Listen, can you hear them? It’s the chorus frogs—
Those intrepid little percussionists
Have waked to open Michigan’s rite of spring.
They’re the first frozen sirens to be thawed
In our melting wetlands near the mid of March—
Though true, their first rumors of winter’s death
Many a blizzard has pronounced premature.
But the pocket-comb harping we know them by,
That’s just the merest skeleton of a song—
A song with no flesh on the bones at all:
It can bring to mind a sonic scaffolding
These dauntless stagehands of the springtime raise
For all our singers and their songs of spring to come.
First to be heard; last, if ever, to be seen.
For you can lurk about till the hardwoods leaf
And never glimpse a calling chorus frog
As you can a wood frog or a peeper
When their choirs command the marshland air.
Where two alternate across a woodlot pool—
A duet or a duel it’s hard to say—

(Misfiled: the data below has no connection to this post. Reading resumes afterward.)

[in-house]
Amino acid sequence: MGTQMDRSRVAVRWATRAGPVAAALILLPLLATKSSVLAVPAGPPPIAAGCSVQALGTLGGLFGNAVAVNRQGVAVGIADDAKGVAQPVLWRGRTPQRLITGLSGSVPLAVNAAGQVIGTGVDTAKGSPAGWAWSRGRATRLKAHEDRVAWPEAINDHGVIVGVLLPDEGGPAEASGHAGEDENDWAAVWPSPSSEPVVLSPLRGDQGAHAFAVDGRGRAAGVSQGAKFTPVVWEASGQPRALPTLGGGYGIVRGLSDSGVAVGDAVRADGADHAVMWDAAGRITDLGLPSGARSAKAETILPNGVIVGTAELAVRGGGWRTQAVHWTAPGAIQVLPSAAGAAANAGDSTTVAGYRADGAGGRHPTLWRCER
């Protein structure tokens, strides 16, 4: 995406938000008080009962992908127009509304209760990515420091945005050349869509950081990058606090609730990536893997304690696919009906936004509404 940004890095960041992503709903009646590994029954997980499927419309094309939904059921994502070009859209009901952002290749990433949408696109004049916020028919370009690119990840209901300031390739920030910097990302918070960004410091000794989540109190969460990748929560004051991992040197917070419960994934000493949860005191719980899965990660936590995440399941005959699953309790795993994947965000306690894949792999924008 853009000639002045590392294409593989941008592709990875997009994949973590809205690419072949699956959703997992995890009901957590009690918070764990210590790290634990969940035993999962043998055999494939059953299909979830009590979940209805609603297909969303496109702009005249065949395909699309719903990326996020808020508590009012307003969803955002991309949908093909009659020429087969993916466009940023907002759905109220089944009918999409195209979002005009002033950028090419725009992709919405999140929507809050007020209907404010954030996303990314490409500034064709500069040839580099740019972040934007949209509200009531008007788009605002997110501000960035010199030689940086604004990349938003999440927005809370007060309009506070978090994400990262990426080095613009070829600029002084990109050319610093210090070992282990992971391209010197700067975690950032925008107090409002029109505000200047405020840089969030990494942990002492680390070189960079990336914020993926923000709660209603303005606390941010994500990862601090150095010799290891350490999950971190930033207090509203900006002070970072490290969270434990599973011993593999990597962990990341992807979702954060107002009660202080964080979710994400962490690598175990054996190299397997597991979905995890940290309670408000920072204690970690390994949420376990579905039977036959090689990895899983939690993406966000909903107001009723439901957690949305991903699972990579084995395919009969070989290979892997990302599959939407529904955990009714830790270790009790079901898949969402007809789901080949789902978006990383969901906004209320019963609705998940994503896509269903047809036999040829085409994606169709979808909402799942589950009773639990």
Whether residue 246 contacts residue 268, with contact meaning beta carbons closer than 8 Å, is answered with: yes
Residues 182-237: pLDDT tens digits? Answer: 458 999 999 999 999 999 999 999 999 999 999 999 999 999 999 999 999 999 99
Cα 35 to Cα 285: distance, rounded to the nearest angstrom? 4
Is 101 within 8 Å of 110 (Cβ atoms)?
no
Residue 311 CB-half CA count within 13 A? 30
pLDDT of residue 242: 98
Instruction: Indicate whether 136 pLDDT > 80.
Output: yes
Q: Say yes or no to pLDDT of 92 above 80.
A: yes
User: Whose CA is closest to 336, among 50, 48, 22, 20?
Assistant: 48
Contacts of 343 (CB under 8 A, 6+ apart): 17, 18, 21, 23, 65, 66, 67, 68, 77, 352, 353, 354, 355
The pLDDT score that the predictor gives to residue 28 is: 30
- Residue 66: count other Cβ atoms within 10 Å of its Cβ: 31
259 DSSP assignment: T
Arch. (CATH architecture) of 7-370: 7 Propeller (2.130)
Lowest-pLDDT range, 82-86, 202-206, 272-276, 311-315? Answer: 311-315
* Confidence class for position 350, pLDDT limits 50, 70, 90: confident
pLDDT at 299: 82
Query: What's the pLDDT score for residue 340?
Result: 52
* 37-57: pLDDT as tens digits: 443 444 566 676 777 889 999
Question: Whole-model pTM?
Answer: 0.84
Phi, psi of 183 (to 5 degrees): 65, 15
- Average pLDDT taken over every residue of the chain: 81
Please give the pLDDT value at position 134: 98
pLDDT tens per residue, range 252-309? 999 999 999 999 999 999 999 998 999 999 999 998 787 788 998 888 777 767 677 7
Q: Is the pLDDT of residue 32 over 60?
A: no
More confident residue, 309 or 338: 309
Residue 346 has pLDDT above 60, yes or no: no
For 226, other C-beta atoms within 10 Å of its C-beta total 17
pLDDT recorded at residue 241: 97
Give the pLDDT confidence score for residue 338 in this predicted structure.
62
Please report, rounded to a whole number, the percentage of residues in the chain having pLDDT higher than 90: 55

A chorus frog will lead you by the eardrum
To a tussock of wintering marsh grass
That eerily radiates his tympani,
While the timpanist—he’s nowhere to be found.
Is he a ventriloquist, you’ll wonder—
Or can songs awaken before their singers?
No, he’s tucked down deep in that dormant grass,
All inch or so of this clamorous mite,
Ballooning his throat as he serenades
In the flamy stripes of black on cinder gray
You’ll spy in summer, when he’s seen not heard,
In his silent wanderlust of the forest floor.
Though now and then on heavy summer days
When thundershowers have puddled the woodlands,
You’ll hear the lonely-sounding pizzicato
Of a single inspired chorus frog.
Fresh water for a few more tadpoles here,
Is, I suppose, his rain-call’s appeal—
If he’s not just clearing his rusty pipes.
But as in April, betray your presence
With a careless step near his secret stage
And he’s quick to schedule an intermission
To the performance you weren’t invited to.
Spring, when his rivals cut off one call later,
You can feel the whole chorus listening
Clannishly for your decent departure.
(All we love to hear in the natural world
We overhear: no one is singing for us.)
And that is one peeve of the chorus frogs:
They simply won’t suffer an eavesdropper.